2011 was my year of Right Intention, the second of the Noble Eightfold Path. Right Intention was a tough one: mostly residing within my head. i set myself to commit to abstaining from attachments, preventing ill-will, and stopping harm. i found myself indulging attachments often, and often caught feelings of ill-will even when i did not act on them. in these moments, i reminded myself the connection between Right Intention and Right View--remembering that the intention of ethical conduct can only be built upon seeing what is actually happening in the world, rather than skewing my view to my attachments or fears.
as with Right View, i feel as though i could spend a lifetime devoted only to Right Intention. however, since i have set myself to the task of covering the each of the Noble Eightfold Path, i must move on while also keeping in mind the power and necessity of Right Intention (and, with Right View, both elements of Wisdom) as i move on to Ethnical Conduct.
2012 is devoted to Right Speech. as i reiterate, the Noble Eightfold Path is not a sequence, it is one path with eight elements. however, i hope that through concentrating on one element per year, it will ease pursuing my ultimate goal of deeper mindfulness, true compassion, and working toward the liberation of all beings.
Right Speech is extremely important in the core beliefs of Buddhism. not only is it the first aspect of ethical conduct in the Noble Eightfold Path, it is one of the five precepts, along with abstention from taking life, abstention from stealing, abstention from sexual misconduct, and abstention from drunkenness or intoxication to the point of heedlessness. as with many spiritual traditions, Buddhism apparently puts much stock in the importance and power of speech.
in short, Right Speech comprises four main points: abstention from false speech or lying, abstention from divisive speech, abstention from harsh or abusive speech, and abstention from idle chatter. put positively, right speech means telling the truth, speaking toward concord, speaking pleasantly, and only speaking necessarily.
in more detail, the abhaya sutta states that according to Gotama:
In the case of words that [are] unfactual, untrue, unbeneficial (or: not connected with the goal), unendearing and disagreeable to others, do not say them.
In the case of words that [are] factual, true, unbeneficial, unendearing and disagreeable to others, do not say them.
In the case of words that [are] factual, true, beneficial, but unendearing and disagreeable to others, have a sense of the proper time for saying them.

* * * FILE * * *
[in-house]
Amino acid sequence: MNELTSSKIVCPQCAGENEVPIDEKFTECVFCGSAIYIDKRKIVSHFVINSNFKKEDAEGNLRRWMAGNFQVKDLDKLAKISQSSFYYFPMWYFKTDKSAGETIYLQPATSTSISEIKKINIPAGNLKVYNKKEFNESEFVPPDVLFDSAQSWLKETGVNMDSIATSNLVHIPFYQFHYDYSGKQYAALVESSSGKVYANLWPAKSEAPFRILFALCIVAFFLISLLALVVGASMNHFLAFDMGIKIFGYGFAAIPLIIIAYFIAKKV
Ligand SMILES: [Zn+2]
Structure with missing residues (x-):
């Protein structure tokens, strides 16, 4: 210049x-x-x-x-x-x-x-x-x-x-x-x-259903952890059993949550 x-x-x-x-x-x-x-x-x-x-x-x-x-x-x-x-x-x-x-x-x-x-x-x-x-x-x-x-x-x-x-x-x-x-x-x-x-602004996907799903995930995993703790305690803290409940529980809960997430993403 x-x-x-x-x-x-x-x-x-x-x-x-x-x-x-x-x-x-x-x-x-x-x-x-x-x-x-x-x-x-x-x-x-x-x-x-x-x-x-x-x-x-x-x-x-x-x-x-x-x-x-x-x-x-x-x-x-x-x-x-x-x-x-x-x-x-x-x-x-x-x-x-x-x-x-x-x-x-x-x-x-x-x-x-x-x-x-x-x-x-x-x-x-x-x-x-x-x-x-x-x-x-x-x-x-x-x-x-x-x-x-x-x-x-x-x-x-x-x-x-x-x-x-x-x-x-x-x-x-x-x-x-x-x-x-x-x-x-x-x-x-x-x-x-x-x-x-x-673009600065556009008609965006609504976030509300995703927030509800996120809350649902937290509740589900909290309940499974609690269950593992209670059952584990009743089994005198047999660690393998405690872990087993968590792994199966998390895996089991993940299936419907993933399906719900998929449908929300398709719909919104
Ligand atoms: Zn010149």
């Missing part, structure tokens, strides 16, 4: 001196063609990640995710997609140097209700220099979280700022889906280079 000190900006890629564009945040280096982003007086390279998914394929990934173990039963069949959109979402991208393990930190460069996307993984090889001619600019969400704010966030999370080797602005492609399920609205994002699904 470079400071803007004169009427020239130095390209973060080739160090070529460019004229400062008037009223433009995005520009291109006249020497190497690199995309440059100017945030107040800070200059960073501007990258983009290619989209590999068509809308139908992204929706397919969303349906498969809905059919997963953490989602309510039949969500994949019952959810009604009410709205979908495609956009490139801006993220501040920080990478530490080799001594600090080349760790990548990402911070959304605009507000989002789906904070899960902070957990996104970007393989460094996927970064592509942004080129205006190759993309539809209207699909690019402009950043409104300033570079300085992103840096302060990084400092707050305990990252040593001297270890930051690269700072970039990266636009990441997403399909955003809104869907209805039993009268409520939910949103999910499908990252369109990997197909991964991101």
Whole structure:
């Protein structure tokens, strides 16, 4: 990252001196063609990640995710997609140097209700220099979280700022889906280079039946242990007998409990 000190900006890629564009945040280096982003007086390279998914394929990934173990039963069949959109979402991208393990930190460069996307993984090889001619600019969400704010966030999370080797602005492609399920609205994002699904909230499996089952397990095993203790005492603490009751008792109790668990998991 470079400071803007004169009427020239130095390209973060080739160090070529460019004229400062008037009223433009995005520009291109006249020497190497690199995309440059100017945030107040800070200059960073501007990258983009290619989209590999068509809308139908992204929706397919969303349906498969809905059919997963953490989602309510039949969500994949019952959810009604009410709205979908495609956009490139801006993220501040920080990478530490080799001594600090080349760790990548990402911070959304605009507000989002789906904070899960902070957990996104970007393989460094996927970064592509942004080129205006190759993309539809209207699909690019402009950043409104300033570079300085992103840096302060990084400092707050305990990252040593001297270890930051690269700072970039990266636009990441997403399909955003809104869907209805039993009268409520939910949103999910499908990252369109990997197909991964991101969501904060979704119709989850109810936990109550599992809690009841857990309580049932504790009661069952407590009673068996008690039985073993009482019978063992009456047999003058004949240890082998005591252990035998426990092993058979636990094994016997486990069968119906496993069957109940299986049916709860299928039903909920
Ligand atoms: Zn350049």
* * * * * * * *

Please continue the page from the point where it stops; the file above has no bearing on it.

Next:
In the case of words that [are] unfactual, untrue, unbeneficial, but endearing and agreeable to others, do not say them.
In the case of words that [are] factual, true, unbeneficial, but endearing and agreeable to others, do not say them.In the case of words that [are] factual, true, beneficial, and endearing and agreeable to others, have a sense of the proper time for saying them.
in order for things to be said, they must be both true and beneficial. if they are disagreeable, they timeliness is of utmost importance. finally, even if something is true, if it is not beneficial, it need not be said.
if we desire to admonish others, we must then also consider the following:
 Do I speak at the right time, or not?
 Do I speak of facts, or not?
 Do I speak gently or harshly?
 Do I speak profitable words or not?
 Do I speak with a kindly heart, or inwardly malicious?
only upon considering these five can we admonish another.
i also interpret Right Speech as encompassing the written word as well, and it incorporates what many have termed as Right Listening--especially for the "timeliness" aspect of Right Speech.
as my community, i report this to you to ask for support and mutual respect in the continued search for the path forward. and if you find solace in the Noble Eightfold Path, that we can walk it together:
1. Right View (wisdom)
2. Right Intention (wisdom)
3. Right Speech (ethical conduct)
4. Right Action (ethical conduct)
5. Right Livelihood (ethical conduct)
6. Right Effort (mental development)
7. Right Mindfulness (mental development)
8. Right Concentration (mental development)
As with last year, I close with a quote about Right Speech from here.
Right speech is the first principle of ethical conduct in the eightfold path. Ethical conduct is viewed as a guideline to moral discipline, which supports the other principles of the path. This aspect is not self-sufficient, however, essential, because mental purification can only be achieved through the cultivation of ethical conduct. The importance of speech in the context of Buddhist ethics is obvious: words can break or save lives, make enemies or friends, start war or create peace. Buddha explained right speech as follows: 1. to abstain from false speech, especially not to tell deliberate lies and not to speak deceitfully, 2. to abstain from slanderous speech and not to use words maliciously against others, 3. to abstain from harsh words that offend or hurt others, and 4. to abstain from idle chatter that lacks purpose or depth. Positively phrased, this means to tell the truth, to speak friendly, warm, and gently and to talk only when necessary.
i look forward to working on this year of Right Speech.